Violets[edit | edit source]
Violet photographs of the planet Venus taken in 1927 “recorded two nebulous bright streaks, or bands, running ... approximately at right angles to the terminator” that may be from the upper atmosphere.
Blues[edit | edit source]
"MESSENGER's Wide Angle Camera (WAC), part of the Mercury Dual Imaging System (MDIS), is equipped with 11 narrow-band color filters. As the spacecraft receded from Mercury after making its closest approach on January 14, 2008, the WAC recorded a 3x3 mosaic covering part of the planet not previously seen by spacecraft. The color image shown here was generated by combining the mosaics taken through the WAC filters that transmit light at wavelengths of 1000 nanometers (infrared), 700 nanometers (far red), and 430 nanometers (violet). These three images were placed in the red, green, and blue channels, respectively, to create the visualization presented here. The human eye is sensitive only across the wavelength range from about 400 to 700 nanometers. Creating a false-color image in this way accentuates color differences on Mercury's surface that cannot be seen in black-and-white (single-color) images."
"Color differences on Mercury are subtle, but they reveal important information about the nature of the planet's surface material. A number of bright spots with a bluish tinge are visible in this image. These are relatively recent impact craters. Some of the bright craters have bright streaks (called "rays" by planetary scientists) emanating from them. Bright features such as these are caused by the presence of freshly crushed rock material that was excavated and deposited during the highly energetic collision of a meteoroid with Mercury to form an impact crater. The large circular light-colored area in the upper right of the image is the interior of the Caloris basin. Mariner 10 viewed only the eastern (right) portion of this enormous impact basin, under lighting conditions that emphasized shadows and elevation differences rather than brightness and color differences. MESSENGER has revealed that Caloris is filled with smooth plains that are brighter than the surrounding terrain, hinting at a compositional contrast between these geologic units. The interior of Caloris also harbors several unusual dark-rimmed craters, which are visible in this image. The MESSENGER science team is working with the 11-color images in order to gain a better understanding of what minerals are present in these rocks of Mercury's crust."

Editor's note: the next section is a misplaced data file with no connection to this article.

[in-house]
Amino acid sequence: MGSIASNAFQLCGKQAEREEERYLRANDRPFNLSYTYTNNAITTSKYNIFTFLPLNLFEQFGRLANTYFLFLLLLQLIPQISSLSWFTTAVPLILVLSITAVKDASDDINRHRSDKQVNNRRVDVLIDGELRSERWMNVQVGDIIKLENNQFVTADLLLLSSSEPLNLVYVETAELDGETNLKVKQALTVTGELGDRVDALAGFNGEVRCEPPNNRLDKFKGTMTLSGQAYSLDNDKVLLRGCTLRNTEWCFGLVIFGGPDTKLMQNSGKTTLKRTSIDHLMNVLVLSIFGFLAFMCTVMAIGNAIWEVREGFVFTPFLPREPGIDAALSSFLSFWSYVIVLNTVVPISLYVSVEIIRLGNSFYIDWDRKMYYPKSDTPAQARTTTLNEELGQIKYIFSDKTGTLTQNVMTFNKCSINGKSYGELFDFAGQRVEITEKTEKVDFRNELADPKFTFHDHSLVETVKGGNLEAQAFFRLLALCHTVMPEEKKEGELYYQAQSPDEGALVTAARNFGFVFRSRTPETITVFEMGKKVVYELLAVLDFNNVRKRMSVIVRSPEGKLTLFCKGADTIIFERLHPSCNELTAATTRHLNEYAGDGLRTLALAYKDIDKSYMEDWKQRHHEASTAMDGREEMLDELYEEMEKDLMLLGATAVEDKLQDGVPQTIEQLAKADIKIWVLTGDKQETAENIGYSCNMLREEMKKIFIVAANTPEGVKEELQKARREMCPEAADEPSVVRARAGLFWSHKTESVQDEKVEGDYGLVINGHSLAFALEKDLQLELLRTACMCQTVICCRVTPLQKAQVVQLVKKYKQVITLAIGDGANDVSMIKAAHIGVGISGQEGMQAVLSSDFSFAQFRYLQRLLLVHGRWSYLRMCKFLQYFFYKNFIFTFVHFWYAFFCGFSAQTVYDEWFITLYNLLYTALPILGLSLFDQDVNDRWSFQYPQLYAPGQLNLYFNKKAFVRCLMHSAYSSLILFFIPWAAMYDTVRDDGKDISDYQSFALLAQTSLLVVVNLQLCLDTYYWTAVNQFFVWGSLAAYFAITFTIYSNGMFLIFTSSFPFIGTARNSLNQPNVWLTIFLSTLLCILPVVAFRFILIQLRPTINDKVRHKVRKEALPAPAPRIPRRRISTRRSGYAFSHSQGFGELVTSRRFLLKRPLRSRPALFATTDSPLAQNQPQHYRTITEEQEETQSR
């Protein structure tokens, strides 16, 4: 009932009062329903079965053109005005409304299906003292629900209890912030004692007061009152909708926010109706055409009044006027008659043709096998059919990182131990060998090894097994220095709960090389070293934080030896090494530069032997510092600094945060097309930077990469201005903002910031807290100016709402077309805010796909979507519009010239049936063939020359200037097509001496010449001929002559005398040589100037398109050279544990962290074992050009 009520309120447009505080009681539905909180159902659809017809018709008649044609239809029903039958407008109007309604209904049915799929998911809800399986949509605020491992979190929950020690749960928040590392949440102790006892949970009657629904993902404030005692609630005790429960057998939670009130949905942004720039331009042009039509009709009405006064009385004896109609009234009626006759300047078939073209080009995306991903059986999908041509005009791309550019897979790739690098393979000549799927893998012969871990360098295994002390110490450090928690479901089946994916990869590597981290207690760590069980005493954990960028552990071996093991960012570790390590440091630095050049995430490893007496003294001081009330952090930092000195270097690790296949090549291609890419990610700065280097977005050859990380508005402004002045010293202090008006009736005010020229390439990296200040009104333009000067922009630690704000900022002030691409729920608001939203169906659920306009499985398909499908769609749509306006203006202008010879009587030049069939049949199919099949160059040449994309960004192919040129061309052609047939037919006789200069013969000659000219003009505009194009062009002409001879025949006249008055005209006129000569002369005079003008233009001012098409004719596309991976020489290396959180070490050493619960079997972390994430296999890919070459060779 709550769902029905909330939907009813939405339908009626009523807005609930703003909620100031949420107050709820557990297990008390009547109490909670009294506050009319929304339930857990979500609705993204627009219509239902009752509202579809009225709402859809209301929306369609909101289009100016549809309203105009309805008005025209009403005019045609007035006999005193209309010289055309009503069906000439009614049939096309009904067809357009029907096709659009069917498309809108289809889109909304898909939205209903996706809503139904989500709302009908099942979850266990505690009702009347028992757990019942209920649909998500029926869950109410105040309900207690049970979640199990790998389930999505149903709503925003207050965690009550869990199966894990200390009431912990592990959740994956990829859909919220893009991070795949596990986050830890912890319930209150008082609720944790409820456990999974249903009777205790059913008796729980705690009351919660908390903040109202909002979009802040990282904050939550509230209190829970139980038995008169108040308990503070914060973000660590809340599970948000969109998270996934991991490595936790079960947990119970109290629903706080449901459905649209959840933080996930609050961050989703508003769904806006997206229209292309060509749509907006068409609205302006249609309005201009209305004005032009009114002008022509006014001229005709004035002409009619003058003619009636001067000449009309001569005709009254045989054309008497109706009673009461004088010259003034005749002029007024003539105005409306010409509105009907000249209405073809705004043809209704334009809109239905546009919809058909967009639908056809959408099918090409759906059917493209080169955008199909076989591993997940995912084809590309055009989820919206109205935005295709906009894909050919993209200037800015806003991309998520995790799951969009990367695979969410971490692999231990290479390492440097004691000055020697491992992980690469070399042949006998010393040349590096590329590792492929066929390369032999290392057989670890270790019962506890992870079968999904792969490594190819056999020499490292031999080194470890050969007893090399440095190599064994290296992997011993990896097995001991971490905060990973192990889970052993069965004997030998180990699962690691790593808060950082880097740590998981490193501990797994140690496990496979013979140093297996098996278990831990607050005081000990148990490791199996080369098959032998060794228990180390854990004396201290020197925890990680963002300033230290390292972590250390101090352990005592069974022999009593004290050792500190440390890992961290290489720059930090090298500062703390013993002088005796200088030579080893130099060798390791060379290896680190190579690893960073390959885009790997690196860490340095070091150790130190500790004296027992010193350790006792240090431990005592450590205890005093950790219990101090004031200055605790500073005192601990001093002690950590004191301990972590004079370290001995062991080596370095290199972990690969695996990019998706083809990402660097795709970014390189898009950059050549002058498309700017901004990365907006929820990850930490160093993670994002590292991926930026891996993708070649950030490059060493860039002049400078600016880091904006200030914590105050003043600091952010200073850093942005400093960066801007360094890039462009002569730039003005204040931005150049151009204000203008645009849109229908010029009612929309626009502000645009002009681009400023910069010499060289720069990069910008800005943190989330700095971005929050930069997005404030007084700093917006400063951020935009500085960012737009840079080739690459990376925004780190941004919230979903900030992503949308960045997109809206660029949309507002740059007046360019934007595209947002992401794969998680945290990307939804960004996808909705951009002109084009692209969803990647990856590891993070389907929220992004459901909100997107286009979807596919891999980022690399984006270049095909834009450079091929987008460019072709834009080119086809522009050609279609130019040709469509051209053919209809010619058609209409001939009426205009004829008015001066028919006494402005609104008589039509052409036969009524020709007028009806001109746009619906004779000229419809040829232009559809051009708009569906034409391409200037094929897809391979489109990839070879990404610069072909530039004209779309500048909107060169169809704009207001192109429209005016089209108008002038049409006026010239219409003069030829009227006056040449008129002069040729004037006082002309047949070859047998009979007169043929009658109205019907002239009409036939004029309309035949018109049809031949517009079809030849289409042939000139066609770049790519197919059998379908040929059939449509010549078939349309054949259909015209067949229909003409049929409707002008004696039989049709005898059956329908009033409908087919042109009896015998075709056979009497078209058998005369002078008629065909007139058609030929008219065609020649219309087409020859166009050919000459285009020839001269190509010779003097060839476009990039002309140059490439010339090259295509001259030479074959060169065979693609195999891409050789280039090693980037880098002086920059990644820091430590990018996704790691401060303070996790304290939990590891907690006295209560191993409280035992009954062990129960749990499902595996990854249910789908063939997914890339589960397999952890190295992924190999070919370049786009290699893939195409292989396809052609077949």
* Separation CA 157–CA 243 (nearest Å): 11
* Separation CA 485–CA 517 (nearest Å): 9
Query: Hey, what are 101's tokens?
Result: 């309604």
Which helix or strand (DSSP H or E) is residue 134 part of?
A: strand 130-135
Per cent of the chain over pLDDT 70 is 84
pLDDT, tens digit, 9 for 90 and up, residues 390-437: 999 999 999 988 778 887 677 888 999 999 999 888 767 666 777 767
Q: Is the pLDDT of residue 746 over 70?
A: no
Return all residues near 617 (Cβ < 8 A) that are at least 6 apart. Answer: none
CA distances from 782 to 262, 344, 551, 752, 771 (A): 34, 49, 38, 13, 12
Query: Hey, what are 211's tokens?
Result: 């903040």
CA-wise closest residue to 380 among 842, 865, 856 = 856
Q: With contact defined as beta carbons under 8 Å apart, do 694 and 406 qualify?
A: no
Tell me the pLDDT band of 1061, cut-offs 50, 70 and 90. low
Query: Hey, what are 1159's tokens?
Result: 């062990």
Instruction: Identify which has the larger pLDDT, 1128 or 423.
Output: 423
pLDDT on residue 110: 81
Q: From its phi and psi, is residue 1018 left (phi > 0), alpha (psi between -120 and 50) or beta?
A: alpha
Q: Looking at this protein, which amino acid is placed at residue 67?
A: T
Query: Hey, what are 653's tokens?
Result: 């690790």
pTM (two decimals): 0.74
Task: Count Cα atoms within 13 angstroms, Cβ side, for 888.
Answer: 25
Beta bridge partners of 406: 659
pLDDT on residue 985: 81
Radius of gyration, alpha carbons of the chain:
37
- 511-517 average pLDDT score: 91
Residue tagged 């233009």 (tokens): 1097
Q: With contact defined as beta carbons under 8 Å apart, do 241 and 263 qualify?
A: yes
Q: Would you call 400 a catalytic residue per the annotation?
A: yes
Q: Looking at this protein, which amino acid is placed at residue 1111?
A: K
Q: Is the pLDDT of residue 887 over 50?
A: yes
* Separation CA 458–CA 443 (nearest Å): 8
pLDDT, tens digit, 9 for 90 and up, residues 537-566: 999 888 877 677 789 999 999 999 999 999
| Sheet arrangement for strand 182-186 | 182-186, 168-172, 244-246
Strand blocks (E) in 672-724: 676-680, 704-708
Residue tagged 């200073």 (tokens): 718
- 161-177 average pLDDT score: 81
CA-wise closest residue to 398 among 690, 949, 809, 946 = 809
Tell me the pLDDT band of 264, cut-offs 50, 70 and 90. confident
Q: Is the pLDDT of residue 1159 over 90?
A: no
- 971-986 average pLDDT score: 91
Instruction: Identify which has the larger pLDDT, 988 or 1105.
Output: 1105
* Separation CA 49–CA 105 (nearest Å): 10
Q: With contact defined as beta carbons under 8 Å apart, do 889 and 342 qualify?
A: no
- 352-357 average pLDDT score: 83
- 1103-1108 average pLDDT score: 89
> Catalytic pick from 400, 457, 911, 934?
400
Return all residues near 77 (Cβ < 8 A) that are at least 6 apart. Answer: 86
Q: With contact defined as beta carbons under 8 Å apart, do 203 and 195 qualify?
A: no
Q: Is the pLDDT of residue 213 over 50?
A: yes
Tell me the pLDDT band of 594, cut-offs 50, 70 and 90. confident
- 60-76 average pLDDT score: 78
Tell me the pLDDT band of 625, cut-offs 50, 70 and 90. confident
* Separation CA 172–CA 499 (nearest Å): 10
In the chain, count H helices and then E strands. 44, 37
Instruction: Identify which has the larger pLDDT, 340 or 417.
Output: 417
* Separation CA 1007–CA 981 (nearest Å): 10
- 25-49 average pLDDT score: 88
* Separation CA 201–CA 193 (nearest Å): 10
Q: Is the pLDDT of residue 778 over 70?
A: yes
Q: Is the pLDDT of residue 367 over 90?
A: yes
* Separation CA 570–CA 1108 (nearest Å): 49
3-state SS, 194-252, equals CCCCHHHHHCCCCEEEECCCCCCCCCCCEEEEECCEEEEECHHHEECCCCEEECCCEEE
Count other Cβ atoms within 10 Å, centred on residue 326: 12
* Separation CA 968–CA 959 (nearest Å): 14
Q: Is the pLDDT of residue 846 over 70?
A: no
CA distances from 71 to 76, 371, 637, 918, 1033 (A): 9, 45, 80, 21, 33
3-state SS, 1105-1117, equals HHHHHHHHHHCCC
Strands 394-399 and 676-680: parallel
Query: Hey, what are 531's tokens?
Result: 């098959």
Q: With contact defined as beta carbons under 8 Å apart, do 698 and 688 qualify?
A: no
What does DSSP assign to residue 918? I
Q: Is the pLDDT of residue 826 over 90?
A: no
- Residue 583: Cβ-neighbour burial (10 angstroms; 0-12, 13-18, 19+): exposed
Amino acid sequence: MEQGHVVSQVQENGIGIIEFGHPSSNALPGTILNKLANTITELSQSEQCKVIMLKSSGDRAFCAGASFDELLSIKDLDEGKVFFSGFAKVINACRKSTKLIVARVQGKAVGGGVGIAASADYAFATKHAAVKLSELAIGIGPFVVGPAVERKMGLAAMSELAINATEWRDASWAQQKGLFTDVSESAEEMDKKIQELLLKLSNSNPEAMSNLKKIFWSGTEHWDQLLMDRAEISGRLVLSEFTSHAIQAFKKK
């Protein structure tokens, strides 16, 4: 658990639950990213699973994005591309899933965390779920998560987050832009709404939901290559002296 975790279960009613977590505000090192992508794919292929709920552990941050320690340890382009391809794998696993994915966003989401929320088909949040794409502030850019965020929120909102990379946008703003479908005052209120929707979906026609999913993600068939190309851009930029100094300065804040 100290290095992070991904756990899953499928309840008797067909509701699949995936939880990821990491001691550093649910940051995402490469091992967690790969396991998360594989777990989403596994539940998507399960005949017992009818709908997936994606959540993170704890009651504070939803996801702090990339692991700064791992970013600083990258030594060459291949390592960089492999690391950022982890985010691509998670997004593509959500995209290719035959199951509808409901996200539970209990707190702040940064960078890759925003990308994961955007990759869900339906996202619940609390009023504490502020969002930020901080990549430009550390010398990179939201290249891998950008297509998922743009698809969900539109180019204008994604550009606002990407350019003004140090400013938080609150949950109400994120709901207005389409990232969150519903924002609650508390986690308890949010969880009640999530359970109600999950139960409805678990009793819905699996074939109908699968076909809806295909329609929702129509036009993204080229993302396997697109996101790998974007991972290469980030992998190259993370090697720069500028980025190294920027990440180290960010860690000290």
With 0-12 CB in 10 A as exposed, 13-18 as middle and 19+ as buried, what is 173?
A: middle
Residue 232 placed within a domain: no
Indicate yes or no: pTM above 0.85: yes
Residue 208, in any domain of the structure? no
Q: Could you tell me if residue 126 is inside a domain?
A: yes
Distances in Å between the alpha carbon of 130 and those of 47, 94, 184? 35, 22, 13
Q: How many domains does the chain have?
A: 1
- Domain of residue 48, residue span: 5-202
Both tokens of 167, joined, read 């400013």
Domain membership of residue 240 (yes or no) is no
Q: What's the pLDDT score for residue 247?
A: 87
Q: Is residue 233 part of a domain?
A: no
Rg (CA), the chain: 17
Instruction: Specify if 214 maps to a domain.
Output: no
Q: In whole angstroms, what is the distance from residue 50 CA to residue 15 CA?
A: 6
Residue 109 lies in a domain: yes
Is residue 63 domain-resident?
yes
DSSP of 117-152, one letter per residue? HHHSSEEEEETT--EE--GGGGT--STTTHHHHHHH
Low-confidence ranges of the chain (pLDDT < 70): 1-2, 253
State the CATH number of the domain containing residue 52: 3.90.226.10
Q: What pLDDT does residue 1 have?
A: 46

Greens[edit | edit source]
"Venus at times shows [the oxygen] green line emission with an intensity equal to terrestrial values [Slanger et al., 2001]. Furthermore, the intensity is quite variable, as is true for the much stronger O2( a-X) 1.27 μ emission."
"In 1999, observations of the Venus nightglow with the Keck I telescope showed that the 5577 Å oxygen green line was a significant feature, comparable in intensity to the terrestrial green line. Subsequent measurements have been carried out at the Apache Point Observatory (APO) and again at Keck I, confirming the presence of the line with substantially varying intensity."
"Ground-based studies suggest that the [557.7 nm oxygen green line] emission is correlated with the solar cycle."
Yellows[edit | edit source]
"[H]igh-resolution spectral measurements of Mercury show emission in sodium D lines (Potter and Morgan 1985a). This suggests a substantial sodium population in Mercury's atmosphere ... possibly due to photo-sputtering of the planetary surface".
Reds[edit | edit source]
Although shown in black and white, the image on the right was taken at 630 nm in the red.
Infrareds[edit | edit source]
"The Herzberg II system of O2 has been a known feature of Venus' nightglow since the Venera 9 and 10 orbiters detected its c(0)-X(v″) progression more than 3 decades ago."
"Spectroscopic observations of the differential Doppler shift in a CO2 absorption line on Venus show that the upper atmospheric wind near the equator appears to have both a retrograde motion of about -85 ± 10 m s-1 ... and ... a periodically varying component, with an amplitude of about 40 ± 14 m s-1 and a period of 4.3 ± 0.2 days."
At right is a false-color near-infrared image of the lower-level clouds on the night side of Venus, obtained by the Near Infrared Mapping Spectrometer aboard the Galileo spacecraft as it approached the planet's night side on February 10, 1990.
"Bright slivers of sunlit high clouds are visible above and below the dark, glowing hemisphere. The spacecraft is about 100,000 kilometers (60,000 miles) above the planet. An infrared wavelength of 2.3 microns (about three times the longest wavelength visible to the human eye) was used. The map shows the turbulent, cloudy middle atmosphere some 50-55 kilometers (30- 33 miles) above the surface, 10-16 kilometers or 6-10 miles below the visible cloudtops. The red color represents the radiant heat from the lower atmosphere (about 400 degrees Fahrenheit) shining through the sulfuric acid clouds, which appear as much as 10 times darker than the bright gaps between clouds. This cloud layer is at about -30 degrees Fahrenheit, at a pressure about 1/2 Earth's surface atmospheric pressure. Near the equator, the clouds appear fluffy and blocky; farther north, they are stretched out into East-West filaments by winds estimated at more than 150 mph, while the poles are capped by thick clouds at this altitude."